2610 Stanley Avenue SE
From the sunporch filled with antique white wicker and black wrought iron furniture, to the charming kitchen with maple cabinets and a farmhouse sink that features a butcher’s block from the old Lonesome Dove Restaurant, the Rider home is a feast for the eyes. The homeowners love to collect pieces that speak to them or have historical significance to our area. Walking sticks, vintage books, blue and white china patterns, and an eclectic collection of chickens can be found throughout the house. In the dining room is a beautiful silver tea set that was a gift from Mr. Rider. As the owners say, “Every year you buy your house a gift.” A large deck off the breakfast room overlooks a shady garden; both offer the perfect spot for family gatherings when the weather is nice. Don’t miss the “Nana Bell” that was installed to give notice before the grandchildren burst in the house for their visits. This home on a lovely tree-lined street is a wonderful illustration of a lifestyle where family and friends are always welcome.
2852 Stephenson Avenue SW (garden only)
An odd shaped lot that would have stymied many gardeners has been transformed over the past 13 years. The one-third acre “peninsula,” bordered by two streets and sloping sharply from back to front, was a challenge to the owner, a Virginia Tech horticulture graduate and a Master Gardener. Through hard work and creativity, the owners have done all the work to transform the garden into a showpiece. Using limestone rocks and slabs they uncovered on the property, they installed stone walls and steps to terrace the area, designed and built a disappearing waterfall, and outlined the social areas. Over one thousand plants, trees and shrubs beg for close inspection. A hypertufa garden, with containers of all sizes and made by the owners, features unusual dwarf plants and groundcovers. The patio houses over 60 pots of cold-sensitive exotics. Everywhere the eye rests there is something to fire the imagination—the pop of red benches in the arbor, the broken terra cotta pot shards that pave a walkway, the blue “bottle tree” adjacent to cobalt chairs, and the chips of broken tile set into the concrete.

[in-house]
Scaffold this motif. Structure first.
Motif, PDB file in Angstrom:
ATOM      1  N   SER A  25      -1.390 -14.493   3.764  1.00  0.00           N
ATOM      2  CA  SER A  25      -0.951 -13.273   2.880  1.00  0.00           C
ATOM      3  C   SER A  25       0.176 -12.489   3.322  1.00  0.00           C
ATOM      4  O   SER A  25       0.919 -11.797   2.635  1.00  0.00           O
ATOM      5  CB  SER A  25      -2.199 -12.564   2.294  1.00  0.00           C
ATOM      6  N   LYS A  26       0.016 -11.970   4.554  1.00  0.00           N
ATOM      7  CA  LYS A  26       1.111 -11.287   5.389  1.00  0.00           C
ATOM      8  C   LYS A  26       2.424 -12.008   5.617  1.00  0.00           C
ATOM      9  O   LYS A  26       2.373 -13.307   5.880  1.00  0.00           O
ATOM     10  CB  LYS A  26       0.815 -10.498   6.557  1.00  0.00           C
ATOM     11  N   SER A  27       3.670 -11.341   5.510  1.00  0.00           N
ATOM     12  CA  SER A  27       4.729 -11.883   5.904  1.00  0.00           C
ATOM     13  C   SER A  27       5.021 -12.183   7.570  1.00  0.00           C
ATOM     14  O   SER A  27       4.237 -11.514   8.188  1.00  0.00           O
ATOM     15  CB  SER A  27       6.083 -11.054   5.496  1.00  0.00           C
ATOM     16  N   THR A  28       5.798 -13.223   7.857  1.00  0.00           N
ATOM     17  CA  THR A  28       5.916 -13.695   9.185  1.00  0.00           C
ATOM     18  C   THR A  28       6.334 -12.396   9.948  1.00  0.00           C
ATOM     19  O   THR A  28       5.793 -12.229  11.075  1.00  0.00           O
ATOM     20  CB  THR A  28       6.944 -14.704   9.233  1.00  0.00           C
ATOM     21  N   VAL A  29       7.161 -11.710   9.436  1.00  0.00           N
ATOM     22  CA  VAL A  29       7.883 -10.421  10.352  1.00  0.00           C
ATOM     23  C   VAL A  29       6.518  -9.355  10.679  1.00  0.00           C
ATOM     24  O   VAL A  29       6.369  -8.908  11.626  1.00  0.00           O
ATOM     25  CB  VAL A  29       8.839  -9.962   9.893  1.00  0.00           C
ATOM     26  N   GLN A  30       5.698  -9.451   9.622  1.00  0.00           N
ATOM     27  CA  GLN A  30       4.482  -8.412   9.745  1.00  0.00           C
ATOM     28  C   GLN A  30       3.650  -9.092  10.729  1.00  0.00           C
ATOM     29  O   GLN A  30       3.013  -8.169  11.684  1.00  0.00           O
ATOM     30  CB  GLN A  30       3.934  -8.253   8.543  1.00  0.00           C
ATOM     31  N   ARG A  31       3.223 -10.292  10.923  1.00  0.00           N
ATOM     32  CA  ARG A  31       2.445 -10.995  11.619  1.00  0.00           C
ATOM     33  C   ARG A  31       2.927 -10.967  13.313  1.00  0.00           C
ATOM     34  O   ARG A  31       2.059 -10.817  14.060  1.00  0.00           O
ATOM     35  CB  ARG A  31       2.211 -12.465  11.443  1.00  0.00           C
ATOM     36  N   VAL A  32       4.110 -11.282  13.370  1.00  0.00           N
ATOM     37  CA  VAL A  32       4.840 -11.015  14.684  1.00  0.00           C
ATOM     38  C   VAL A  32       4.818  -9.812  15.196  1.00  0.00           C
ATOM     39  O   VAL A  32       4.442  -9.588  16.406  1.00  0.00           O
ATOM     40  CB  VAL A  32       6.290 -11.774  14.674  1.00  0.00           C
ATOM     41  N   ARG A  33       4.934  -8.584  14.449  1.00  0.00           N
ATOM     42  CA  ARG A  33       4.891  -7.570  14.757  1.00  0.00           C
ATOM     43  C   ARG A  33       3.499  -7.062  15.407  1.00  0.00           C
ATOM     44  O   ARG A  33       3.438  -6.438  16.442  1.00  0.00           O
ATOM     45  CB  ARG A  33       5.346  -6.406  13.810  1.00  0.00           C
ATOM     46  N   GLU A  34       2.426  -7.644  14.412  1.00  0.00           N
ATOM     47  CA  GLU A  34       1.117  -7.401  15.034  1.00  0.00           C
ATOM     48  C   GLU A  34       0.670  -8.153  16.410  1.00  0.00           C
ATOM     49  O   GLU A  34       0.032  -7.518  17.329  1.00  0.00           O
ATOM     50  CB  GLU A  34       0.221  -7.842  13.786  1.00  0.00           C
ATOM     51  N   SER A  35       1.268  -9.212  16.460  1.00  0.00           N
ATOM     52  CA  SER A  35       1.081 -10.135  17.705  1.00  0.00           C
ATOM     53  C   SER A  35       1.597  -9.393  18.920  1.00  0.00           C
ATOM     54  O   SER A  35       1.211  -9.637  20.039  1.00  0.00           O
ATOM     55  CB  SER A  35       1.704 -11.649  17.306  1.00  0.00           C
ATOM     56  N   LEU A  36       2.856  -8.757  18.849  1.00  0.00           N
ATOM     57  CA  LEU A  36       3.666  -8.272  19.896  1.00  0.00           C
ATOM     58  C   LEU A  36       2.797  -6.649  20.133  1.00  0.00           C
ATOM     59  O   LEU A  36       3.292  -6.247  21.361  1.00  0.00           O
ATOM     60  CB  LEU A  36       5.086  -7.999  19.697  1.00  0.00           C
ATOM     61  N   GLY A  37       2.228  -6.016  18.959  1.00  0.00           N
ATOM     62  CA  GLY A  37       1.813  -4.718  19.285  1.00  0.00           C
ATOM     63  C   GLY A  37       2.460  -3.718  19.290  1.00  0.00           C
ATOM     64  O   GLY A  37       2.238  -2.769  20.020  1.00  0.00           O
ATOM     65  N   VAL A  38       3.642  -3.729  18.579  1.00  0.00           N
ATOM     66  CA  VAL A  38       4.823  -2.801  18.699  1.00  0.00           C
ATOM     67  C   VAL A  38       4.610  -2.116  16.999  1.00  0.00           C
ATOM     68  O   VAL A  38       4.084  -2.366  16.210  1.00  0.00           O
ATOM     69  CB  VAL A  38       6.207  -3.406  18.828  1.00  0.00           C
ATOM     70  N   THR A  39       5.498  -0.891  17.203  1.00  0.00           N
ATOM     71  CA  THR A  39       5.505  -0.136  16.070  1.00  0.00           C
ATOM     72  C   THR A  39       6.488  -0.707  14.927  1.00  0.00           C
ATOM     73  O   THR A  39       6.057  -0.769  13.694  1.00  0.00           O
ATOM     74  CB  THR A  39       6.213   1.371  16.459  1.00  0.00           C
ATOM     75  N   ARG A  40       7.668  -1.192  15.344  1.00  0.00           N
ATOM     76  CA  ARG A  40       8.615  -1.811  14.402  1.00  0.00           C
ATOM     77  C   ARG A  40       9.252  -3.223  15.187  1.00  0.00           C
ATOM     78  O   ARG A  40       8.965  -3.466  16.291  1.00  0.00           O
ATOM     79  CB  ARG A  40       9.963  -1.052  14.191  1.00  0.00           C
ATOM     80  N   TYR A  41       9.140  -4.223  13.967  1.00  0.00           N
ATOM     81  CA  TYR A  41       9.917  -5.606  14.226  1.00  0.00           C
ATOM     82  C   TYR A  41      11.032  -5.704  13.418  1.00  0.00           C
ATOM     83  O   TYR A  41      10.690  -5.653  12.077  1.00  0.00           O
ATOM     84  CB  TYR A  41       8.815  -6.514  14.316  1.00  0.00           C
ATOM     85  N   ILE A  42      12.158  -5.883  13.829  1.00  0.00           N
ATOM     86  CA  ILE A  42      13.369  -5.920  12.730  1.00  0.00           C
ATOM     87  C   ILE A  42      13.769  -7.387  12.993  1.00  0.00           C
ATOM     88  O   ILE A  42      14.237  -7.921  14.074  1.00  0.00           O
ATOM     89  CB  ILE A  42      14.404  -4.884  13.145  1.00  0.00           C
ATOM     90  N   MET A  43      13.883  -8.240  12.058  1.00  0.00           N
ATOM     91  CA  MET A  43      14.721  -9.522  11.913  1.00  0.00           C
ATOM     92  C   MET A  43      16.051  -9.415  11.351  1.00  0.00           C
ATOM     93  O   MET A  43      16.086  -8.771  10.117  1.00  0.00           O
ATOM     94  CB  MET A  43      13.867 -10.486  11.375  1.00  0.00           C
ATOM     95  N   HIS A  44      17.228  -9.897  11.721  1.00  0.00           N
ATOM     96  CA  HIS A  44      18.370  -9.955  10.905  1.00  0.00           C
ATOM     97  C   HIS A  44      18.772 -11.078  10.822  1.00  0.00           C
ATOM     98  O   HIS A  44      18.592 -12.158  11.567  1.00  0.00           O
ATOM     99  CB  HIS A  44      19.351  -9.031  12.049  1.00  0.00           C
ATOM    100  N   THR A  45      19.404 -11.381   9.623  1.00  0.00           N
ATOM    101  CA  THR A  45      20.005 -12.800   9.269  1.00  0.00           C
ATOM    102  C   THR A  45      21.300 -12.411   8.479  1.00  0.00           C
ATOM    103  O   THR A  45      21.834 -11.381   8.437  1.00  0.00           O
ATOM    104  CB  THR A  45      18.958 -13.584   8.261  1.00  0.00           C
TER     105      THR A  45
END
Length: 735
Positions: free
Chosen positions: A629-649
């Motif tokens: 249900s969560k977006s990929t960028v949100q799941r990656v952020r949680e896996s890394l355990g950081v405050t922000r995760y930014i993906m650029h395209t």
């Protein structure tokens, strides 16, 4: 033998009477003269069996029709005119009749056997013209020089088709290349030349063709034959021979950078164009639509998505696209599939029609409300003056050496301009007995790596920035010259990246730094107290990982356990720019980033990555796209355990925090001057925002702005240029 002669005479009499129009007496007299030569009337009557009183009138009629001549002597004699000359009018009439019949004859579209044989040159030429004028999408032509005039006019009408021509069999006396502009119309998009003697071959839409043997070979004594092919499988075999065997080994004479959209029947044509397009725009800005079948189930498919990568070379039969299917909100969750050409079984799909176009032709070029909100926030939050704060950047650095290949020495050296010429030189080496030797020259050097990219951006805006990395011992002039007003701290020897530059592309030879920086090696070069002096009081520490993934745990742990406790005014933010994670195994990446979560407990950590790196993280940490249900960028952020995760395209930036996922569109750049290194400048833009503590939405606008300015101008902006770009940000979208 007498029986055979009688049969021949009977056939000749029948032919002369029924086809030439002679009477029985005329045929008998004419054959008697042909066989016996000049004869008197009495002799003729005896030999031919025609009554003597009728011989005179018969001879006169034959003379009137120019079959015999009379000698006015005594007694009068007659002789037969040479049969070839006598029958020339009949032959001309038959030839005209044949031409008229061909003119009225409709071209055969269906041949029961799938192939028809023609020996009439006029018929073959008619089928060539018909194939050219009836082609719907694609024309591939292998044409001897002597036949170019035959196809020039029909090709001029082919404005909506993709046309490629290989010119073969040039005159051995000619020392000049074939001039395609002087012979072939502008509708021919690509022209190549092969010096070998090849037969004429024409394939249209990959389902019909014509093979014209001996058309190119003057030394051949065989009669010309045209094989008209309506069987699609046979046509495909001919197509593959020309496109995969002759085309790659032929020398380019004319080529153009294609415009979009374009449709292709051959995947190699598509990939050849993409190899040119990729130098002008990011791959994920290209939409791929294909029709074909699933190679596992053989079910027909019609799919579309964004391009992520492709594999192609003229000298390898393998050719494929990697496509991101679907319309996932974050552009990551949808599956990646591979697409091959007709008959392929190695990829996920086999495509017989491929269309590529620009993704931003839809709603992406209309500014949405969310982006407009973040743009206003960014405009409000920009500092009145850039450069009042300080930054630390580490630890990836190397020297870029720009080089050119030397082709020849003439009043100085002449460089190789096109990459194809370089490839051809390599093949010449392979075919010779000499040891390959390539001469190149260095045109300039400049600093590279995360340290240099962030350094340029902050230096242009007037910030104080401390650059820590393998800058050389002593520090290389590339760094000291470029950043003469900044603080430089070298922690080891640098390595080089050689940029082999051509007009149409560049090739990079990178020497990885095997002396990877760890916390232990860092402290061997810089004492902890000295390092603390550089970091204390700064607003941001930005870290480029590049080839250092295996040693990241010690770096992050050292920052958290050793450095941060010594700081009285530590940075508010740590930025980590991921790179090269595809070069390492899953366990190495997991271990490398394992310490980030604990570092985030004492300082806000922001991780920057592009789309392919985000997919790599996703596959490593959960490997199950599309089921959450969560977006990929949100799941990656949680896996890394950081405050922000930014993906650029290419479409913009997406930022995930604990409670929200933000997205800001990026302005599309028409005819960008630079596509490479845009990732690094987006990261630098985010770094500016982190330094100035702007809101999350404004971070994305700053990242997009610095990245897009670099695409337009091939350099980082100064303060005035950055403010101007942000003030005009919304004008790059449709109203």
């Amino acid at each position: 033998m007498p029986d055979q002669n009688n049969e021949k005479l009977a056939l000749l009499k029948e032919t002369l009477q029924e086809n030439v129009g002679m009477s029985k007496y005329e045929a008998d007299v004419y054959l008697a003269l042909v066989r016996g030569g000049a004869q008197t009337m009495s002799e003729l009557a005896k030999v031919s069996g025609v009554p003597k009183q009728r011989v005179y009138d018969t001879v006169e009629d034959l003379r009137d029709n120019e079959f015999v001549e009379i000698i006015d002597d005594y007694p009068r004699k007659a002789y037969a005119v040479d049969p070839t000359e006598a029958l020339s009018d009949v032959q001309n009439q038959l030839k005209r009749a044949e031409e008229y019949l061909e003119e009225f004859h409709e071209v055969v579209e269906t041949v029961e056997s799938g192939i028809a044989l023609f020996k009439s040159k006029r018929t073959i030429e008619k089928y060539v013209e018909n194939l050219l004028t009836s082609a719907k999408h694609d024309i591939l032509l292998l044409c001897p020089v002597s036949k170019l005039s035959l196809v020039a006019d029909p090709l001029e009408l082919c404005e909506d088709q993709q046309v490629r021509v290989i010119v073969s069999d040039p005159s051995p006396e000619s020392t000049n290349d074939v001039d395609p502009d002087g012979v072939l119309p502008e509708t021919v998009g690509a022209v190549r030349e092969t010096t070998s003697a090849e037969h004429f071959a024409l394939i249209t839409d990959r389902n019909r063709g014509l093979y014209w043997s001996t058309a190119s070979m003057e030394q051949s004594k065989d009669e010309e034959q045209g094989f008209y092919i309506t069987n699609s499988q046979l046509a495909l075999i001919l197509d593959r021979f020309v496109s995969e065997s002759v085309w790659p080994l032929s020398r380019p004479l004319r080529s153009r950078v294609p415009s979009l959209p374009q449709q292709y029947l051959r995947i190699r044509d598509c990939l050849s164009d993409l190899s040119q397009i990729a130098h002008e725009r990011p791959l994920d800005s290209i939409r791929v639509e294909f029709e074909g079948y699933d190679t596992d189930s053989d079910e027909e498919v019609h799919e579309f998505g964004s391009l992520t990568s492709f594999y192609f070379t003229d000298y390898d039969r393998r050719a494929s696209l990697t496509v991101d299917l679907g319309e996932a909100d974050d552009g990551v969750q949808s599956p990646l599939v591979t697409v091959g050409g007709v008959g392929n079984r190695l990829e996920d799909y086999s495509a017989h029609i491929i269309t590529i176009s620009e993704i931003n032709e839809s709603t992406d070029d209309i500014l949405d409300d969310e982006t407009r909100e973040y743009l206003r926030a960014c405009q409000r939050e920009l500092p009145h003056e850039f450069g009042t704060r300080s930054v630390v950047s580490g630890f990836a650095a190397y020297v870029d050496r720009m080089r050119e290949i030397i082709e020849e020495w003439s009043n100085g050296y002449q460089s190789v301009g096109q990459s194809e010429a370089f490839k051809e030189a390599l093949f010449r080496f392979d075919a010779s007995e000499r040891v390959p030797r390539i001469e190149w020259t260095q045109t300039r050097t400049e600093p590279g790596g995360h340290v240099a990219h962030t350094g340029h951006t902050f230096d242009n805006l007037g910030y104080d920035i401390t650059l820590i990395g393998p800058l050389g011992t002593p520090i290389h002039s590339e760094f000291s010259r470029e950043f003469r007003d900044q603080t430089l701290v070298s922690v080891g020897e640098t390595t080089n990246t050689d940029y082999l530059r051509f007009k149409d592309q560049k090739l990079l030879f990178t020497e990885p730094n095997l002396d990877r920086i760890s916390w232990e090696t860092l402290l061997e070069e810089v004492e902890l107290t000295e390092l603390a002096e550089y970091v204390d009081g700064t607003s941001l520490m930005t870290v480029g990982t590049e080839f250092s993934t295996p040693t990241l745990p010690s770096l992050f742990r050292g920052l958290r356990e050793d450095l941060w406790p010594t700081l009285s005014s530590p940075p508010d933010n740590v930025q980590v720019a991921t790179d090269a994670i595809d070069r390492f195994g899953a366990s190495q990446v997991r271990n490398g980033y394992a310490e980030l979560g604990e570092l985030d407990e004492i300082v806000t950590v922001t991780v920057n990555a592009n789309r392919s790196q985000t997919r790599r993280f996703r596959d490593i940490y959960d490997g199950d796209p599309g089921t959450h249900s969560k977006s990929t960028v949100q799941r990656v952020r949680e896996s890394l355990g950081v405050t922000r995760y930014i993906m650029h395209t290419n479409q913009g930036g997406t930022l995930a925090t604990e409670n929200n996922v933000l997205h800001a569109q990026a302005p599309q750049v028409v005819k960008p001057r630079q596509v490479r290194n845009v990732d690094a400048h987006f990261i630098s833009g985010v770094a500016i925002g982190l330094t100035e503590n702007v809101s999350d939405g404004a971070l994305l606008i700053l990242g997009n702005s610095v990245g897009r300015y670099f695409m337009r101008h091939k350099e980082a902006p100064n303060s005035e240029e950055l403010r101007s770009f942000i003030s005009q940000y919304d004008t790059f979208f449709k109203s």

730 White Oak Road SW
Built in 1939, this handsome brick colonial was just what the Parrotts wanted when they acquired it in 2011. Their home may have started as a traditional colonial, but that is over. Two additions have modernized and expanded the original structure into an appealing retreat that retains the charm of yesteryear but allows for one-floor living through retirement. Note the beautiful arched doorways from the entry to the dining and living rooms. Decor centers on family heirlooms, original art collections and fun furnishings. The newer spaces now unfold into a first-floor private master suite and a wonderful parrot-filled den, which pays homage to their favorite bird and family name. The owners’ dazzling collections and inherited treasures are arranged for both dramatic display and function. Family heirlooms in the living room include a lowboy, loveseat, mirror, and hutch. The coffee table in the den is a family cobbler’s bench. Porcelain and china collections add interest and color. The walls in the living and dining rooms are laden with distinctive paintings. Dynamic artwork by renowned local artist Walter Biggs highlights the rooms. Notable in the living room is “Self Portrait” and “Family Picnic.” Note the amazing “Mrs. Biggs with the Butler” among others in the dining room. The den’s decor centers around the colors of parrots. Local artist Mary Boxley Bullington’s painting above the den sofa and Jamie Nervo’s “Parrott Sculpture” are especially notable. Parrots highlight the pillows and upholstery. A garden terrace off the den features a frog in a lovely, elevated flower bed.